After 77 days of bombing, Milosevic finally gave in. Human Rights Watch, a nongovernmental organization that does not champion the use of military force, conducted an exhaustive on-the-ground survey with particular emphasis on documenting reports of civilian deaths from the bombing campaign.

“As few as 489 and as many as 528 Yugoslavs [civilians] were killed,” the organization’s report said. Human Rights Watch did not defend NATO. Although the designers of the air campaign went to great lengths to minimize civilian casualties, the report noted, the alliance could have done an even better job of protecting civilians. But to military officers, government officials, and think-tank warriors everywhere, the number of civilian deaths was strikingly low. How could some 23,000 bombs and missiles—only about 35 percent of which were true precision weapons—have produced so little collateral damage?

Part of the answer was satellites orbiting in space, particularly observation, communications, and global-positioning satellites. In military-speak, space had become the new ‘center of gravity’ for America’s military forces in the 1990s. This new way of fighting even acquired an ominous-sounding name: Full Spectrum Dominance.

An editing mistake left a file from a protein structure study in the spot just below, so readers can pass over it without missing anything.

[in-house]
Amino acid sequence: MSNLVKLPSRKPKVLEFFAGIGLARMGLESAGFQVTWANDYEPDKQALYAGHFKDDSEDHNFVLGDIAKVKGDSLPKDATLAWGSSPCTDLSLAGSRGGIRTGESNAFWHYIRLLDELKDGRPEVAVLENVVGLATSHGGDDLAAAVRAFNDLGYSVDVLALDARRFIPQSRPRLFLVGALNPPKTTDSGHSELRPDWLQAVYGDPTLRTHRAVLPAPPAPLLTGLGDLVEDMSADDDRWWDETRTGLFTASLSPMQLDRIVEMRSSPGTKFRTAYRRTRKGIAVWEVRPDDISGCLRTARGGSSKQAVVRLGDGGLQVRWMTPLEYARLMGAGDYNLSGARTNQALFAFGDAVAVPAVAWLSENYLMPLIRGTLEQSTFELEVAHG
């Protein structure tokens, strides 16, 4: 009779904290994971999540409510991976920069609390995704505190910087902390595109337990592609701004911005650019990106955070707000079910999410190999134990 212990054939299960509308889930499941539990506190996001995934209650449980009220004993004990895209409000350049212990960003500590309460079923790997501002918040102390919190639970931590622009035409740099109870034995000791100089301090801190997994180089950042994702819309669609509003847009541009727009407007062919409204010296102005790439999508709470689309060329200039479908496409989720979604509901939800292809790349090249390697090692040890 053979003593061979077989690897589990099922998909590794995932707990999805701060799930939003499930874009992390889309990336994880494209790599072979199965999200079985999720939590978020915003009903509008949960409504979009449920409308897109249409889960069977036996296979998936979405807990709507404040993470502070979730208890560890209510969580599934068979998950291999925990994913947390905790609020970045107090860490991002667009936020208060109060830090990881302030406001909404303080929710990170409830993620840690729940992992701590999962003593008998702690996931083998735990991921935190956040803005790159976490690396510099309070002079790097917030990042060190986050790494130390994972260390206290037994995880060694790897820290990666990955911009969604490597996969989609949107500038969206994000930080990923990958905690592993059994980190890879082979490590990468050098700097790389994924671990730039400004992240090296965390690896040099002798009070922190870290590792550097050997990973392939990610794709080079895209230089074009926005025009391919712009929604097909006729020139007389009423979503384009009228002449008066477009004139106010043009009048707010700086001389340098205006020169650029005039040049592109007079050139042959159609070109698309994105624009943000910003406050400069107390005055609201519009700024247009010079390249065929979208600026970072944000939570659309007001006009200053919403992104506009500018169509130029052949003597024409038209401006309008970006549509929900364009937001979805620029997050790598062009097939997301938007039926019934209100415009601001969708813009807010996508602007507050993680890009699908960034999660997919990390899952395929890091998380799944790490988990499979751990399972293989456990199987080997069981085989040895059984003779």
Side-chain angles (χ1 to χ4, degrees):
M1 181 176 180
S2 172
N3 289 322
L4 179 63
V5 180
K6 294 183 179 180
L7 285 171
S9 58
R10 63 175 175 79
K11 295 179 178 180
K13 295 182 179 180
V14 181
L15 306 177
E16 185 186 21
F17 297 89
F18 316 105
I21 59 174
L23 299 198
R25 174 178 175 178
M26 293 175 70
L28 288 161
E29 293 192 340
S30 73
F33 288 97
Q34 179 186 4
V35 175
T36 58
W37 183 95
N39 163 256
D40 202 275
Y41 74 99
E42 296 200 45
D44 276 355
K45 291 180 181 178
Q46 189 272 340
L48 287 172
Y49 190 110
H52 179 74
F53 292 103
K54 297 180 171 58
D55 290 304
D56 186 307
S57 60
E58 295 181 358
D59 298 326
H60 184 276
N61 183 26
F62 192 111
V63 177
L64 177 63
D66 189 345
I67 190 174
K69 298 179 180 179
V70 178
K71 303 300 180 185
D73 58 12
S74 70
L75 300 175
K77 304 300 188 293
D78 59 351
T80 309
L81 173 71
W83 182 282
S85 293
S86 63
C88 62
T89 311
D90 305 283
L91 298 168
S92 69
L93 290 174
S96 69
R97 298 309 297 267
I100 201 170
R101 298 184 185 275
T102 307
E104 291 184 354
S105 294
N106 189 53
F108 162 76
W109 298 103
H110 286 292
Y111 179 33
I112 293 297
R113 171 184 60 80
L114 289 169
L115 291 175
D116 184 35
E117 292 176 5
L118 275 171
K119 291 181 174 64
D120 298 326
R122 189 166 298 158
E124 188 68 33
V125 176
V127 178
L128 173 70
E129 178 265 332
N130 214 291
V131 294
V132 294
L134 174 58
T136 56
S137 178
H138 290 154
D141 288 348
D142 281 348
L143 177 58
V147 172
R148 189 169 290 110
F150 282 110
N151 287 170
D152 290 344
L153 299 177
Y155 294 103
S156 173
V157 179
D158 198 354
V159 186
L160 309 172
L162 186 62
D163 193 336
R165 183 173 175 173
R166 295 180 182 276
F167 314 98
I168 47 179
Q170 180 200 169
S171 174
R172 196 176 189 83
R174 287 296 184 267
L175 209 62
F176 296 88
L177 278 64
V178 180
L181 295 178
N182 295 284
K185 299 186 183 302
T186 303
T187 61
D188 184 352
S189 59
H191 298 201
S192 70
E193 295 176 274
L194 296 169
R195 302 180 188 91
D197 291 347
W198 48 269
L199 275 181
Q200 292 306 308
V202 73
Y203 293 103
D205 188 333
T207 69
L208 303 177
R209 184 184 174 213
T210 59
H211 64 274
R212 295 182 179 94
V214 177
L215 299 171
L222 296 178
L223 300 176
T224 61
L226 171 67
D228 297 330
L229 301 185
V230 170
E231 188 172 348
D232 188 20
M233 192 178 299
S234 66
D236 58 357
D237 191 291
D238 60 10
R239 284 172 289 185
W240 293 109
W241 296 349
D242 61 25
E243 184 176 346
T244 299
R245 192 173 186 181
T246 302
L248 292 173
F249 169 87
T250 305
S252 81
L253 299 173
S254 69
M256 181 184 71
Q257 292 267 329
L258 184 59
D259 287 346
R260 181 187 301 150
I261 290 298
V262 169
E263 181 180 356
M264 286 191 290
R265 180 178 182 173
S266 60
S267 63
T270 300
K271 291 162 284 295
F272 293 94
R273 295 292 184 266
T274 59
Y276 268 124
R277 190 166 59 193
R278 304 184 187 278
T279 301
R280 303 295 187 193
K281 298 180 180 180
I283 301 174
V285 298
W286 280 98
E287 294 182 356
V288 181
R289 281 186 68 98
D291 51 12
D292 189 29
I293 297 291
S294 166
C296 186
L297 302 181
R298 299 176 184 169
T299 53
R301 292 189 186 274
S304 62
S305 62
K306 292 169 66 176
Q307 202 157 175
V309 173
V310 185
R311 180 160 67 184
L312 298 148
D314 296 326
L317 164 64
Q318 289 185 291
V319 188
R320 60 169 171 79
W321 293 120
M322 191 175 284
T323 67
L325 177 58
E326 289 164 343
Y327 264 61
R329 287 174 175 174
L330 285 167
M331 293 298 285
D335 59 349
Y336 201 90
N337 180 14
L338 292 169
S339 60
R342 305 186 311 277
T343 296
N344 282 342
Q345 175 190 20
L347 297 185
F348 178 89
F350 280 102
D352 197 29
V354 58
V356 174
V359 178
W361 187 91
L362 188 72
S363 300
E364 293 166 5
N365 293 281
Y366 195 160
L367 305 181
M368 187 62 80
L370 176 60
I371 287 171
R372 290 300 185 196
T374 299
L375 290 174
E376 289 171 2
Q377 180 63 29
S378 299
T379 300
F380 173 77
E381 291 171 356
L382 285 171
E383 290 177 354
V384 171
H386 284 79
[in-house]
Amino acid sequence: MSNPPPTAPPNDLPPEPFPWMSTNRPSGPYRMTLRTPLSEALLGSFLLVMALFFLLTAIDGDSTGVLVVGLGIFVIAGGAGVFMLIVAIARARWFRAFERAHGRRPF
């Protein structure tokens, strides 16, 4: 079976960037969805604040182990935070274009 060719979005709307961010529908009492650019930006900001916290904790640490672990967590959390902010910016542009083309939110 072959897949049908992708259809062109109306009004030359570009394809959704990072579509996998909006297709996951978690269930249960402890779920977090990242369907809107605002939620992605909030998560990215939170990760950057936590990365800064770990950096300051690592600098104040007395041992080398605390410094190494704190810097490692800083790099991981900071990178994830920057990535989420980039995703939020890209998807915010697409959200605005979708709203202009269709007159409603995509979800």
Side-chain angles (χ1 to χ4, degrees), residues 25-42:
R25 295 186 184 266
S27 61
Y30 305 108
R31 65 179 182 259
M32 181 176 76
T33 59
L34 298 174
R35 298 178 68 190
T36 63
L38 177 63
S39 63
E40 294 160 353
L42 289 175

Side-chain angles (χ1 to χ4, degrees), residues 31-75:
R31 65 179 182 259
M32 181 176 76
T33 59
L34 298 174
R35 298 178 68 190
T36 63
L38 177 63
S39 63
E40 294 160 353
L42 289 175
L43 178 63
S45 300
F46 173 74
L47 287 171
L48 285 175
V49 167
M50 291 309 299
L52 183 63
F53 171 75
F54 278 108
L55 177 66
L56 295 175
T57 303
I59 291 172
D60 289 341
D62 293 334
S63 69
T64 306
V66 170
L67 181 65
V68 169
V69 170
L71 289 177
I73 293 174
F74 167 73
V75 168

U.S. forces, according to the new doctrine, would no longer be simply daunting. They would be overwhelmingly dominant—on land, at sea, in the air… and in space. So dominant, in fact, that no great power would ever again mount an existential challenge to the United States. After 9/11, Full Spectrum Dominance was to become the overarching mission of Strategic Command. 

New Missions

Over the next five years, the Pentagon added a host of new missions to StratCom. The command retained its role of providing nuclear deterrence, even in the absence of an existential threat. But it was now charged with developing the hardware to preemptively attack targets with conventional weapons anywhere in the world within an hour or two of a decision to do so. America would no longer stand by waiting to be attacked; it would be prepared to throw the first punch. “Prompt global strike,” it’s called.